This section is from the book "Materia Medica And Therapeutics - Vegetable Kingdom", by Charles D. F. Phillips. Also available from Amazon: Materia Medica And Therapeutics: Vegetable Kingdom.
Active Ingredients. - The rhizome, which is the only officinal portion, contains about 3 to 3.5 per cent. of a peculiar resin, called Podophyllun It also contains a certain proportion of the alkaloid Berbera (the main active ingredient of Calumba, under which head it will be discussed), and it is possible that the tonic properties of this latter may render it, in some cases, a valuable adjunct to the resin, so that a preparation of the root which should contain them both in known proportions is perhaps a desideratum. Podophyllin is a greenish yellow powder, with a bitter and acrid taste: it is entirely soluble in rectified spirit and ammonia, and nearly so in pure ether.
Physiological Action. - Given in poisonous doses (two grains and upwards), podophyllin attacks the gastro-intestinal mucous membrane, by whatever channel it may be introduced into the system. Percy1 administered an alkaline solution subcutaneously to dogs, and (after a few hours) observed the animals to suffer from colic, tenesmus, and vomiting; and Anstie3 injected an alcoholic solution into the peritoneum of dogs, cats, and rats with the uniform result of provoking vomiting, bloody stools, and death from exhaustion, with some appearances of a very peculiar respiratory paralysis. Ulceration of the duodenum was found in several, and inflammation in all cases; but the absorption had been so prompt and complete that no inflammation of the peritoneum was produced. This is the more remarkable since both the rhizome and the resin are undoubtedly powerful local irritants, and in some cases, when applied to mucous membrane, even act as escharotics. Other effects of physiological doses that have been noted, are profuse sweats and salivation.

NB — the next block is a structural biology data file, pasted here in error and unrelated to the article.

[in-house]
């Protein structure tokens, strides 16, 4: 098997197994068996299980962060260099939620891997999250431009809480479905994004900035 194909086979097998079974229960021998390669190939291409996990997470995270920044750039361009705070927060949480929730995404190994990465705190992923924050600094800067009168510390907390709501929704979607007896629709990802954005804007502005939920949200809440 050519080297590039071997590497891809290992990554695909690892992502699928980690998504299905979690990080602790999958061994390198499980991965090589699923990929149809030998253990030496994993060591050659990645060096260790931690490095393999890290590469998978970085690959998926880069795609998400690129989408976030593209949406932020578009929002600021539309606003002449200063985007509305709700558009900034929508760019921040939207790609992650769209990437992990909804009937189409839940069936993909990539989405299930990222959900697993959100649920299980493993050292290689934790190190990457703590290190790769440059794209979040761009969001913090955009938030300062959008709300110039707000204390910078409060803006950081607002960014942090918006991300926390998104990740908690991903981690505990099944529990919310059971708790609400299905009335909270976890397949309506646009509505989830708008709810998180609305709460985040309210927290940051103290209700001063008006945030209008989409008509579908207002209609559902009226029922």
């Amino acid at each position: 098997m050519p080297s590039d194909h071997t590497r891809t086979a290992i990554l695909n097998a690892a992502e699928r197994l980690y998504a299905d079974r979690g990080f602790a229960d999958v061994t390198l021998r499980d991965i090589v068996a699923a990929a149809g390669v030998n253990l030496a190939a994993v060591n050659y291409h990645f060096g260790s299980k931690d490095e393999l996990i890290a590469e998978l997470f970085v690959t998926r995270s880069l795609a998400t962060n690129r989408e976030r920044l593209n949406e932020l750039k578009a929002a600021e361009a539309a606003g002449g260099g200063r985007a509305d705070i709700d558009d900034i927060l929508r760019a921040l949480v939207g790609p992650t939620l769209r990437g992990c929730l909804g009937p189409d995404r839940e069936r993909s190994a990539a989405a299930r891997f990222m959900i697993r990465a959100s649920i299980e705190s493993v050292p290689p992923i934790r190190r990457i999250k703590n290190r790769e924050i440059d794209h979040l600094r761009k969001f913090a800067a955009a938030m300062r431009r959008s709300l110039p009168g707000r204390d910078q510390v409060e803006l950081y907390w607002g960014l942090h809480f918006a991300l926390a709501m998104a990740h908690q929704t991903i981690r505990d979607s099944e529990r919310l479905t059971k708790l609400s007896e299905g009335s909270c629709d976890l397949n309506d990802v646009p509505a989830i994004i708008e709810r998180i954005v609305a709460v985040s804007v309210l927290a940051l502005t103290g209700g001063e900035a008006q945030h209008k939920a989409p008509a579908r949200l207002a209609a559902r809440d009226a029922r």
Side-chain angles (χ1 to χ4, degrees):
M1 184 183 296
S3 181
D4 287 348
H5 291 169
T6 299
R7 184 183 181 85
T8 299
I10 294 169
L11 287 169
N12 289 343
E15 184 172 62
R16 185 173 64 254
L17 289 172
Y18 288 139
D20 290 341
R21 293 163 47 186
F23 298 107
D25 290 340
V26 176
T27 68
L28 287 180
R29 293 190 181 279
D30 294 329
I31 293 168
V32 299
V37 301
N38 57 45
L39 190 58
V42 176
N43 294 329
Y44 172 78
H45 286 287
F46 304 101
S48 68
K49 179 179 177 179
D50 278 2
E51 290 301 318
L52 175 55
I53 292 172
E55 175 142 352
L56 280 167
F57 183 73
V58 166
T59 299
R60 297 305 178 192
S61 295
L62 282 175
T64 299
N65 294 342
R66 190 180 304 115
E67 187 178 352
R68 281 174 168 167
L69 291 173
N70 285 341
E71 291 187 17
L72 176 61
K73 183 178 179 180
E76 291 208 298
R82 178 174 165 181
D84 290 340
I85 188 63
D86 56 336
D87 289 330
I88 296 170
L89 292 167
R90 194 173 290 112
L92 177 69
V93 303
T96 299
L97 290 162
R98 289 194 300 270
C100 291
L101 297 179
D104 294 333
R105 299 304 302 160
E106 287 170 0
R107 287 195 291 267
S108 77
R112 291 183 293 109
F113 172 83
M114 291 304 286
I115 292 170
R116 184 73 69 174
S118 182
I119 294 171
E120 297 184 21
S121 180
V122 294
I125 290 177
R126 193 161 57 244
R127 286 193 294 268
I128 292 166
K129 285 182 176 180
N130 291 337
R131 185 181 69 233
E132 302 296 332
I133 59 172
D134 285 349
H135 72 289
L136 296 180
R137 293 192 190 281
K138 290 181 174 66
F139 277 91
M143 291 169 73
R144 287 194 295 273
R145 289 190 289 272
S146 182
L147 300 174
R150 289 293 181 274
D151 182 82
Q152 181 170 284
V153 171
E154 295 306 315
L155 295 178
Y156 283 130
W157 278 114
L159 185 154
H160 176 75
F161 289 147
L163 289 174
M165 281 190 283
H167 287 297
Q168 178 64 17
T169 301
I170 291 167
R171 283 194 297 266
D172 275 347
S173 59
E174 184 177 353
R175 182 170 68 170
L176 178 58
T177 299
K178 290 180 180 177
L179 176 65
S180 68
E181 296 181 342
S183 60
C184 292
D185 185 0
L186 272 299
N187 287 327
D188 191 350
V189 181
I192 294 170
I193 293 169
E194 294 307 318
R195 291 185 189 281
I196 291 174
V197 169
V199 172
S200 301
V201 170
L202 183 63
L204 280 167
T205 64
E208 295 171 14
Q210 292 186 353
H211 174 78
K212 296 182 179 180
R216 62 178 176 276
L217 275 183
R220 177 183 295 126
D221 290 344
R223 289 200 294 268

1 Zeitsch. f. rat. Med. (3), xxvi. 1; Husemann. op. cit.
2 Amer. Med. Times, iv. 243.
3 Med. Times and Gaz., 1863, p. 326.
(The action on the liver of podophyllin and several other American chalagogues has been carefully studied by Rutherford and Vignal by means of experiments on dogs. They say: "1. Podophyllin, when injected into the duodenum of a fasting dog, increases the secretion of bile. It is inferred that the increased biliary flow in the preceding experiments was due to increased secretion, and not merely to expulsion, because the gallbladder had been well emptied by compression, and the cystic duct had been clamped, moreover the increased flow was far too prolonged in some of the experiments to be attributable to spasm of the larger bile-ducts; therefore an increase in secretion must have been the case. 2. When the bile is prevented from entering the intestine, podophyllin acts less powerfully and less quickly than when bile is introduced. 3. Augmentation of the biliary secretion is most marked when the purgative effect is not severe; indeed, if the purgative be very decided, diminution and not augmentation of the biliary secretion may be the chief result. 4. Podophyllin purgation is apparently due to local action, for the irritation of the intestinal mucous membrane extends gradually from above downwards. 5. The bile secreted under the influence of podophyllin, although it may be in increased quantity, contains as much of the special biliary matter as bile secreted under normal conditions." Brit. Med. Jour., Oct. 30, 1875.)